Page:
Wednesday, August 15, 2018

Bee Smart and Make a Bee-line to see “Queen”

Queen (Pankaj Luthra)
Queen
Pratidhwani (at ACTLab)
Through August 19, 2018

If you love playwriting that crackles with tension and possibility, is laugh out loud funny, and full of surprising emotional twists, and takes on a very topical and important subject all at once, then you need to hie yourself over to ACT Theatre for Pratidhwani’s production of Madhuri Shekar’s play, Queen. Sometimes, it’s not clear why a title exists with a script. This one is pretty clear – it’s about bees and colony collapse disorder: CCD. So, it involves queen bees.

Also, it’s a story of two women doctoral candidates who are supreme. Supremely smart, and supremely good at their research, and supremely honorable in their intentions. Sanam Shah (Archana Srikanta) and Ariel Spiegel (Isis King) have been studying CCD at UCSanta Cruz and think they are on the verge of proving that a Monsanto chemical is the real culprit. They have been studying a model of research that Sanam is convinced has taken into consideration every variable that can be controlled for and excluded impacts from every variable that can’t be controlled for.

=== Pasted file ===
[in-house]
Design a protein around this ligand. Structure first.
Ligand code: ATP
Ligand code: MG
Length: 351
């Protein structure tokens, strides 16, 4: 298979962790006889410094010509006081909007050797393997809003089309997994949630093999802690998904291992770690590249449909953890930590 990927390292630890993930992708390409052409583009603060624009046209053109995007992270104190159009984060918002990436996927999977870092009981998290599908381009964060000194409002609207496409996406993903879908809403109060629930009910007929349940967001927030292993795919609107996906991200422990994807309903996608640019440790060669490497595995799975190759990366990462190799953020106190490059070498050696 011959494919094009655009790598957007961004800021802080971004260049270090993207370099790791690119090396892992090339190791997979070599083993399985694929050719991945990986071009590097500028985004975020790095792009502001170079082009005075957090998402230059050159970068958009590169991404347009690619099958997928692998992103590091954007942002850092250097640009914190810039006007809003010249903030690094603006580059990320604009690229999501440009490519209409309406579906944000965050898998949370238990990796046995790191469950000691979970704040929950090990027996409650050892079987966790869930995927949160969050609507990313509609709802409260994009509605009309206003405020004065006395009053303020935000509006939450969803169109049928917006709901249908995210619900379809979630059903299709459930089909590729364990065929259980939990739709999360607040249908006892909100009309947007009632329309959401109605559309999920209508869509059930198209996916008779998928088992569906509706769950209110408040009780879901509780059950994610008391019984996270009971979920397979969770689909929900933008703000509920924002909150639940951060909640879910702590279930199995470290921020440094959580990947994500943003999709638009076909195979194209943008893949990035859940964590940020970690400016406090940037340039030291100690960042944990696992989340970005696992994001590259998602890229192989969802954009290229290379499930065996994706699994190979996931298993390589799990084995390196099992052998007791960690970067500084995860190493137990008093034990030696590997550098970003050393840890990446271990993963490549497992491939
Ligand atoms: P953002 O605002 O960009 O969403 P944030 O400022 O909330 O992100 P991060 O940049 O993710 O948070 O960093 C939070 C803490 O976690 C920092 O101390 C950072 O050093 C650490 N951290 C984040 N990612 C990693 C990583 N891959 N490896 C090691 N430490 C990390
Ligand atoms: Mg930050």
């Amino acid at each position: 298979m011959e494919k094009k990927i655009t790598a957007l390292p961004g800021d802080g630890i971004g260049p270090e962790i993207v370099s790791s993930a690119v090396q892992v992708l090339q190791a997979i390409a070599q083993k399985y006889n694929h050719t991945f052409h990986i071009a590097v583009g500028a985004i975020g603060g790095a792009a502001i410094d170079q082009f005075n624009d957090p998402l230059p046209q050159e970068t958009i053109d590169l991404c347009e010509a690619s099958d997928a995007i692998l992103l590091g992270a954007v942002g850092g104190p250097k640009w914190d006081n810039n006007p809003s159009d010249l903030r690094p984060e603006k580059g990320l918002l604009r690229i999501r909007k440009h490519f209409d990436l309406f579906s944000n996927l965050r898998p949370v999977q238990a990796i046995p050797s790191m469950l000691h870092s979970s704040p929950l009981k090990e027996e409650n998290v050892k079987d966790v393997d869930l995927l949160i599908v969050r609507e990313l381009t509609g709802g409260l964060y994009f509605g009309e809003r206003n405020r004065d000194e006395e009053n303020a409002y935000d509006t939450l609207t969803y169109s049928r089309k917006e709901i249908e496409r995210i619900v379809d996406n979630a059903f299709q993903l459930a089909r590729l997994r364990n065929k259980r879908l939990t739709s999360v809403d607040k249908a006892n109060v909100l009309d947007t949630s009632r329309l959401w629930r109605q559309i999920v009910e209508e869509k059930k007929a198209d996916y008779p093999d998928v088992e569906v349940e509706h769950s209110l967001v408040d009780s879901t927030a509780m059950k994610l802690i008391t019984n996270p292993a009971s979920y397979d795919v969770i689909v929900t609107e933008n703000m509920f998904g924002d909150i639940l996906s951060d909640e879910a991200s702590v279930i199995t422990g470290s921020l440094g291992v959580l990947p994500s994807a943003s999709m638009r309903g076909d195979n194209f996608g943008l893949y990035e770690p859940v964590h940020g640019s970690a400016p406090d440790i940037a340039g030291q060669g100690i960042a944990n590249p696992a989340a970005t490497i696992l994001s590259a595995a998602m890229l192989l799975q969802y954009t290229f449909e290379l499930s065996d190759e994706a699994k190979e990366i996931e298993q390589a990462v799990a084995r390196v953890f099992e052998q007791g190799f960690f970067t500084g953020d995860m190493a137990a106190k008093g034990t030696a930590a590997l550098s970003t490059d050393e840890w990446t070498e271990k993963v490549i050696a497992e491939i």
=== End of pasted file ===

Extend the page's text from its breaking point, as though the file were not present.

Tuesday, August 14, 2018

Preview of "The Phantom of the Opera" at the Paramount

The Phantom of the Opera (Matthew Murphy)
The Phantom of the Opera
Paramount Theatre
August 8-19, 2018

The “new” Phantom of the Opera sweeps into our fair city to wow us with its fresh approach to an iconic Broadway musical. Believe it or not, your SGN reviewer has never seen it! Of course I have heard a lot about it, but nope, never actually seen it.